I'm not a native english speaker. I have been taught in school that if you use a comma, you should not use and after it.

I went to university, my university teacher said the same and he said that if i don't follow that rule, I'll fail my Toefl exam.

I was reading the FAQ of a Stack Exchange site and I saw this:

Writers Stack Exchange is a question and answer site for authors, editors, reviewers, professional writers, and aspiring writers.

According to my teachers, it's a mistake; the sentence should be "Writers Stack Exchange is a question and answer site for authors, editors, reviewers, professional writers and aspiring writers."

Why was I taught this rule in the first place, and why does the Toefl mention it?

By the way, I have been taught the same rule in french; you should not use et after a comma.

  • The Oxford comma: The controversy rages on. – Jay Apr 25 '13 at 15:13
  • You should be aware that there are some sentences, and this is one such example, where the comma before the "and" is not optional. – Matt Apr 25 '13 at 15:30
  • @Matt why? can you explain? – Lynob Apr 25 '13 at 17:47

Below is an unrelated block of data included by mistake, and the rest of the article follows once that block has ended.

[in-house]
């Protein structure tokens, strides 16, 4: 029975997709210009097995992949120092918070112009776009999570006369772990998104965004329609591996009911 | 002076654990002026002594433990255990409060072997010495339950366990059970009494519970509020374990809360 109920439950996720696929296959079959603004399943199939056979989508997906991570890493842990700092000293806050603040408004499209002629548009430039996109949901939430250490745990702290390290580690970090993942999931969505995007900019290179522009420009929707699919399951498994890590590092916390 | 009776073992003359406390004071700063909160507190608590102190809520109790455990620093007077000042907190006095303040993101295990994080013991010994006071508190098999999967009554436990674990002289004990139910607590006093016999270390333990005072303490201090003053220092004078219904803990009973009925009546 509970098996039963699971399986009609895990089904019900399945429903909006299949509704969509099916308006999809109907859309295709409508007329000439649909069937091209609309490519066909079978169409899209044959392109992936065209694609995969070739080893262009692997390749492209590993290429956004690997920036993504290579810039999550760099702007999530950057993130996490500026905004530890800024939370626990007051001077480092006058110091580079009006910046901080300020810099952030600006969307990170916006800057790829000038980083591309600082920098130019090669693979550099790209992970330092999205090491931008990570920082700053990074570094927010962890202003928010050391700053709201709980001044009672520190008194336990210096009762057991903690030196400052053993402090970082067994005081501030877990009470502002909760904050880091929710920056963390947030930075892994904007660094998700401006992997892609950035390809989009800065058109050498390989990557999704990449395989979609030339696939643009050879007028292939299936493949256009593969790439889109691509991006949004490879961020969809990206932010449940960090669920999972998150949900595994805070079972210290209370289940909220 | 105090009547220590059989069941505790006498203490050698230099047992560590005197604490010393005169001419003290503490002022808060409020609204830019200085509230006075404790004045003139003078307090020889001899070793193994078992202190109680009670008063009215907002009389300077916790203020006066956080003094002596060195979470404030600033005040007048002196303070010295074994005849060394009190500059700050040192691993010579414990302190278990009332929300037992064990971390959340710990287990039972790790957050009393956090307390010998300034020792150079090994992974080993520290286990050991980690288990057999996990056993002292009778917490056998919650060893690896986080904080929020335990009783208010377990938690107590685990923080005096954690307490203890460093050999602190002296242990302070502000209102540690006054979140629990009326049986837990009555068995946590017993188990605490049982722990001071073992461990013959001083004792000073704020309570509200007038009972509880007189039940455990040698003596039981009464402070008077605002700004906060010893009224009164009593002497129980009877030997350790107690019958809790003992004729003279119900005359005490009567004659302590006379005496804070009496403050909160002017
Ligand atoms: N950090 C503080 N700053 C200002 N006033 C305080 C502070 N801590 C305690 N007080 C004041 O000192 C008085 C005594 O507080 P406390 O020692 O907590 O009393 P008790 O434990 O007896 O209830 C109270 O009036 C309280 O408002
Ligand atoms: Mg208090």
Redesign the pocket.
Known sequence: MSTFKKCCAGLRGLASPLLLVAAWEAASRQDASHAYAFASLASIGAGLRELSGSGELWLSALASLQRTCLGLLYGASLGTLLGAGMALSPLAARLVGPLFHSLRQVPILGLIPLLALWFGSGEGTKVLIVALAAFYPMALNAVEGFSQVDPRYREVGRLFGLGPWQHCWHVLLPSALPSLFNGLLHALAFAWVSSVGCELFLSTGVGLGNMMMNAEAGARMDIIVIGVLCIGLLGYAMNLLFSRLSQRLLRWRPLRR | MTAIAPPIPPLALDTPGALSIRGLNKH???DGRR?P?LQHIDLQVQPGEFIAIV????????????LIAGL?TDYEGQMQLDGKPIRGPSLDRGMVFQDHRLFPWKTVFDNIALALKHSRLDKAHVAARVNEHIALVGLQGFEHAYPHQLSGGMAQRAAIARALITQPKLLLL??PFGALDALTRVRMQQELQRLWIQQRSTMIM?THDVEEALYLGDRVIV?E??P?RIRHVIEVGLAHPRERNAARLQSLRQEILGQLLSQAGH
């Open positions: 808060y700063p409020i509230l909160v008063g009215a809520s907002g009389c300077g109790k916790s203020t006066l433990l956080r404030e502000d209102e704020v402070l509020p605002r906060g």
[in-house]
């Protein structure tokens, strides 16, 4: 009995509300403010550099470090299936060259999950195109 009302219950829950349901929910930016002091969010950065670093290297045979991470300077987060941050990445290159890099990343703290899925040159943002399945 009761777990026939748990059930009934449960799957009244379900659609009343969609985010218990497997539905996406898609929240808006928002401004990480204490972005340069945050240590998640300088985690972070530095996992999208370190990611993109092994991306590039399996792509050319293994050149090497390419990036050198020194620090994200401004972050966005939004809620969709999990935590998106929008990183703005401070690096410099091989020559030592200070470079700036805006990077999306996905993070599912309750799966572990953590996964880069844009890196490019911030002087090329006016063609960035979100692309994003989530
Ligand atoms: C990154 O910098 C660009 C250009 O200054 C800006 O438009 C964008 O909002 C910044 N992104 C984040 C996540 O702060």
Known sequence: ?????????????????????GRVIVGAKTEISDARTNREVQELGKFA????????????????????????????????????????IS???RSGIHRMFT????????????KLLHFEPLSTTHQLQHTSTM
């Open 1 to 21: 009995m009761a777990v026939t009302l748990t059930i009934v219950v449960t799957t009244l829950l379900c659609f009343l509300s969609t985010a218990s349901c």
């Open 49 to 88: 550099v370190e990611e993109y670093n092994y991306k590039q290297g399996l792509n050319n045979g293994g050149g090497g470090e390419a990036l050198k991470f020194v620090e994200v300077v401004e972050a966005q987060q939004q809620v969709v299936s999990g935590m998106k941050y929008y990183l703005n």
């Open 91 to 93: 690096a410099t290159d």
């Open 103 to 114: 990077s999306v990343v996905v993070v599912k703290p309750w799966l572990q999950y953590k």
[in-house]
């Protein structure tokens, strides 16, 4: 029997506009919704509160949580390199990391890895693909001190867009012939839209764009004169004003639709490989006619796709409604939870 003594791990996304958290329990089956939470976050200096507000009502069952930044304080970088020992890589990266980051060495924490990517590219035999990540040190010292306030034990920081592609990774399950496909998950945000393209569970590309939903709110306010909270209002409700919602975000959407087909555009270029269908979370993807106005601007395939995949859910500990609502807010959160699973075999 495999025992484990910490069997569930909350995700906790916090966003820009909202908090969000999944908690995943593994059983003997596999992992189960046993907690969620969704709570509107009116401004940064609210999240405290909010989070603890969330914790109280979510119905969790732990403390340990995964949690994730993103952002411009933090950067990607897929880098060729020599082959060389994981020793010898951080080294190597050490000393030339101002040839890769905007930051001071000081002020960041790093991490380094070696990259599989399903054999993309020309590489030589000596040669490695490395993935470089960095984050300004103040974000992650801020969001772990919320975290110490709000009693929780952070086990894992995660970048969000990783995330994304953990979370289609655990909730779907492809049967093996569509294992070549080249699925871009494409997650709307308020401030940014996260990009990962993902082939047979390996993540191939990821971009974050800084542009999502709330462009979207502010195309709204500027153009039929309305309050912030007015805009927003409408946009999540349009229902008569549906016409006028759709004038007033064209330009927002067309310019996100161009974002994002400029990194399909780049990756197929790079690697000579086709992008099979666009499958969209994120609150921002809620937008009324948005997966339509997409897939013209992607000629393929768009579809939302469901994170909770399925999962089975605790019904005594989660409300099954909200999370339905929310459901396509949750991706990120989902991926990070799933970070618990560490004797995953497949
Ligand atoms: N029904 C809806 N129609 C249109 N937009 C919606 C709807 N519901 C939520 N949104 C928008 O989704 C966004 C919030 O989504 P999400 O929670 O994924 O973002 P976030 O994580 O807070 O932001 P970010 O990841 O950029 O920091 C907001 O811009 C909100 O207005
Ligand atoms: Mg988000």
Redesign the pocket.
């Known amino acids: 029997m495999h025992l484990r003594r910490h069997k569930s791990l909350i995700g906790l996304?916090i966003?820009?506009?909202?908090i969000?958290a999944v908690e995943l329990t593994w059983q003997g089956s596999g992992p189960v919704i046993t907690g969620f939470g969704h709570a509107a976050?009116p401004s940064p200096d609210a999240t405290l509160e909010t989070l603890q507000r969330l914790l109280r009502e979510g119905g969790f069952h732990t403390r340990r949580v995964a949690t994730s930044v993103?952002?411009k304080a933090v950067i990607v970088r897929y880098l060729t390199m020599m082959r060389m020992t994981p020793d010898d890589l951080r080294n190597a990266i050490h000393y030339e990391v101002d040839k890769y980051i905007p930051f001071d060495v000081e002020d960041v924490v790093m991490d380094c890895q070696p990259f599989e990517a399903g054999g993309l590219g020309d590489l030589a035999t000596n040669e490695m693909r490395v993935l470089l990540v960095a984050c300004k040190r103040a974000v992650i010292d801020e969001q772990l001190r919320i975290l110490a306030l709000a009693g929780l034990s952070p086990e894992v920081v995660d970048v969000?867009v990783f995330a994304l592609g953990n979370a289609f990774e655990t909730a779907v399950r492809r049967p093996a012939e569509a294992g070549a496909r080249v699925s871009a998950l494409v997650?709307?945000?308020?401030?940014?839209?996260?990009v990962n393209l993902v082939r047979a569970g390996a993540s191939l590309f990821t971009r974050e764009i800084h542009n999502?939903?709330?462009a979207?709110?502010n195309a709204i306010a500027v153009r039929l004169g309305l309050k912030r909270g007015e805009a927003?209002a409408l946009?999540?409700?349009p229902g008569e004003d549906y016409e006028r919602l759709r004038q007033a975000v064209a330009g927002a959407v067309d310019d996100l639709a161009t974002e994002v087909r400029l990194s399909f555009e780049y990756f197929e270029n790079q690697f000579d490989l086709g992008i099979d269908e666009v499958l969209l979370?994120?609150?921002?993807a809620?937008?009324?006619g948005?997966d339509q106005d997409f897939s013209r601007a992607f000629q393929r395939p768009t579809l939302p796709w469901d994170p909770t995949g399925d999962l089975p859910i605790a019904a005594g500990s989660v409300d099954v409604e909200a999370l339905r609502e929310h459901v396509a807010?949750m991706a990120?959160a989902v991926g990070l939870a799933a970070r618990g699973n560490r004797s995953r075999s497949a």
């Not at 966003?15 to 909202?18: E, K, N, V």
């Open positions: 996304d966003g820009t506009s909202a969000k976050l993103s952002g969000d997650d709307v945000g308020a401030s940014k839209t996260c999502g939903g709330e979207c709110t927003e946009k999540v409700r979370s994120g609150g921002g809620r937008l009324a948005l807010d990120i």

• 1
    When the 'and' is the first word of an appositive clause (i.e. the comma is a clause-delimiter, not a list-delimiter) it is not an oxford comma, and is therefore non-optional. My previous comment is an example of such a use. – Matt Apr 25 '13 at 20:24

The difference is a matter of style (with some basis in avoiding ambiguity). If you investigate the term "Oxford comma", you will find a wealth of examples and relevant discussion.


Some popular style manuals recommend using the comma (sometimes called "the Oxford comma"), and some recommend omitting it.

My newspaper editor/reporter friends prefer to omit the comma. They claim that omitting the comma saves precious print space.

  • Yes, journalists tend not to use the Oxford comma (per their style guides and/or tradition), but style guides for academic writing recommend the use of it. – user6951 Jun 10 '15 at 19:15

In addition to it being a styling preference, your example is a specific type of sentence, a list. For lists, having the word "and" before the last item of the list makes it clear that it is the last item in the list. Having a comma there as well makes it clear that "professional writers" are different from "aspiring writers".

Using the comma this way is called the "Oxford" or "serial" comma. The Oxford comma is very common (and in fact recommended) in American English, however it is recommended not to use it in British English, which is the standard for ESL and TOEFL.

  • Interesting. As a Brit I always prefer using the Oxford comma. It just feels more natural---I pretty much always use it. – FakeDIY Apr 25 '13 at 13:07
  • As do I, but the current accepted standard set by British Council recommends not to use it. – Walter Apr 25 '13 at 13:53

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